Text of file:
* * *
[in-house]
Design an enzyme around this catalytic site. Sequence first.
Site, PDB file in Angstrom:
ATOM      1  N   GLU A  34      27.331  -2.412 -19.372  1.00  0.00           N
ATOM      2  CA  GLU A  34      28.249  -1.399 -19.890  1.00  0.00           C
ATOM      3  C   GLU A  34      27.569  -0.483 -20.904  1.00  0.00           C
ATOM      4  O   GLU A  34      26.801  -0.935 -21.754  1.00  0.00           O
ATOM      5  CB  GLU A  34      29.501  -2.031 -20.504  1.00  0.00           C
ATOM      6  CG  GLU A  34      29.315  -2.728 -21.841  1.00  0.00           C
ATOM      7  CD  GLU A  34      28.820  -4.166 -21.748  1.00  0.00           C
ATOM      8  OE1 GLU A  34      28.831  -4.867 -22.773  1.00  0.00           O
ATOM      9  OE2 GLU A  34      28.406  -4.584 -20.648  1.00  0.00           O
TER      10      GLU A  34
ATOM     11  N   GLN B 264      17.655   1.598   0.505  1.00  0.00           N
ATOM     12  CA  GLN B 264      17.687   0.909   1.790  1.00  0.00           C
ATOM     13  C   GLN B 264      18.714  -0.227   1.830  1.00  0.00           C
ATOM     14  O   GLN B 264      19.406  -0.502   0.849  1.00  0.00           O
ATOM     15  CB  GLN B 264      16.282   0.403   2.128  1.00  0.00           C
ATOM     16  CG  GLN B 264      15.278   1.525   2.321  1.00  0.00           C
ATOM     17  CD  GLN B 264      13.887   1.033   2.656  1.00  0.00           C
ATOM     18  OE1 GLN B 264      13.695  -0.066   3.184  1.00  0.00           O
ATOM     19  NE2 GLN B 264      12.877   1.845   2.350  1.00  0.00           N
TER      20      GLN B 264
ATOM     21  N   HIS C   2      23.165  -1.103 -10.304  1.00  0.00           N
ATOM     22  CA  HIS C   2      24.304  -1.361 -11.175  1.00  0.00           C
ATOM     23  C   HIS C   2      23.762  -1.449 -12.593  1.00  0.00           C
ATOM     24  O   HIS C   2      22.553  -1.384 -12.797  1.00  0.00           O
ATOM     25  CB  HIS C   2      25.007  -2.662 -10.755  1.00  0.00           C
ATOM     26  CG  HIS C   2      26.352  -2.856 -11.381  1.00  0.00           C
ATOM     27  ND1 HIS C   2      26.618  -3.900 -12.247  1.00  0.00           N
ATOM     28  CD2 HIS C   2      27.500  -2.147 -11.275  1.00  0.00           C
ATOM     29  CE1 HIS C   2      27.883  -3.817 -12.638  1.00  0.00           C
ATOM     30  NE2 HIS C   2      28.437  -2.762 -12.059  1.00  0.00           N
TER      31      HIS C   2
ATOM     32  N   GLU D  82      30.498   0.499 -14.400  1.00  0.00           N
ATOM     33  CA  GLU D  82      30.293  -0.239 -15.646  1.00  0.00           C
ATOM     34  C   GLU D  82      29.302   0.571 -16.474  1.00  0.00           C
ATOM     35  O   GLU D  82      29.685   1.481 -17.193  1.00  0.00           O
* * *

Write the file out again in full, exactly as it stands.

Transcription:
[in-house]
Design an enzyme around this catalytic site. Sequence first.
Site, PDB file in Angstrom:
ATOM      1  N   GLU A  34      27.331  -2.412 -19.372  1.00  0.00           N
ATOM      2  CA  GLU A  34      28.249  -1.399 -19.890  1.00  0.00           C
ATOM      3  C   GLU A  34      27.569  -0.483 -20.904  1.00  0.00           C
ATOM      4  O   GLU A  34      26.801  -0.935 -21.754  1.00  0.00           O
ATOM      5  CB  GLU A  34      29.501  -2.031 -20.504  1.00  0.00           C
ATOM      6  CG  GLU A  34      29.315  -2.728 -21.841  1.00  0.00           C
ATOM      7  CD  GLU A  34      28.820  -4.166 -21.748  1.00  0.00           C
ATOM      8  OE1 GLU A  34      28.831  -4.867 -22.773  1.00  0.00           O
ATOM      9  OE2 GLU A  34      28.406  -4.584 -20.648  1.00  0.00           O
TER      10      GLU A  34
ATOM     11  N   GLN B 264      17.655   1.598   0.505  1.00  0.00           N
ATOM     12  CA  GLN B 264      17.687   0.909   1.790  1.00  0.00           C
ATOM     13  C   GLN B 264      18.714  -0.227   1.830  1.00  0.00           C
ATOM     14  O   GLN B 264      19.406  -0.502   0.849  1.00  0.00           O
ATOM     15  CB  GLN B 264      16.282   0.403   2.128  1.00  0.00           C
ATOM     16  CG  GLN B 264      15.278   1.525   2.321  1.00  0.00           C
ATOM     17  CD  GLN B 264      13.887   1.033   2.656  1.00  0.00           C
ATOM     18  OE1 GLN B 264      13.695  -0.066   3.184  1.00  0.00           O
ATOM     19  NE2 GLN B 264      12.877   1.845   2.350  1.00  0.00           N
TER      20      GLN B 264
ATOM     21  N   HIS C   2      23.165  -1.103 -10.304  1.00  0.00           N
ATOM     22  CA  HIS C   2      24.304  -1.361 -11.175  1.00  0.00           C
ATOM     23  C   HIS C   2      23.762  -1.449 -12.593  1.00  0.00           C
ATOM     24  O   HIS C   2      22.553  -1.384 -12.797  1.00  0.00           O
ATOM     25  CB  HIS C   2      25.007  -2.662 -10.755  1.00  0.00           C
ATOM     26  CG  HIS C   2      26.352  -2.856 -11.381  1.00  0.00           C
ATOM     27  ND1 HIS C   2      26.618  -3.900 -12.247  1.00  0.00           N
ATOM     28  CD2 HIS C   2      27.500  -2.147 -11.275  1.00  0.00           C
ATOM     29  CE1 HIS C   2      27.883  -3.817 -12.638  1.00  0.00           C
ATOM     30  NE2 HIS C   2      28.437  -2.762 -12.059  1.00  0.00           N
TER      31      HIS C   2
ATOM     32  N   GLU D  82      30.498   0.499 -14.400  1.00  0.00           N
ATOM     33  CA  GLU D  82      30.293  -0.239 -15.646  1.00  0.00           C
ATOM     34  C   GLU D  82      29.302   0.571 -16.474  1.00  0.00           C
ATOM     35  O   GLU D  82      29.685   1.481 -17.193  1.00  0.00           O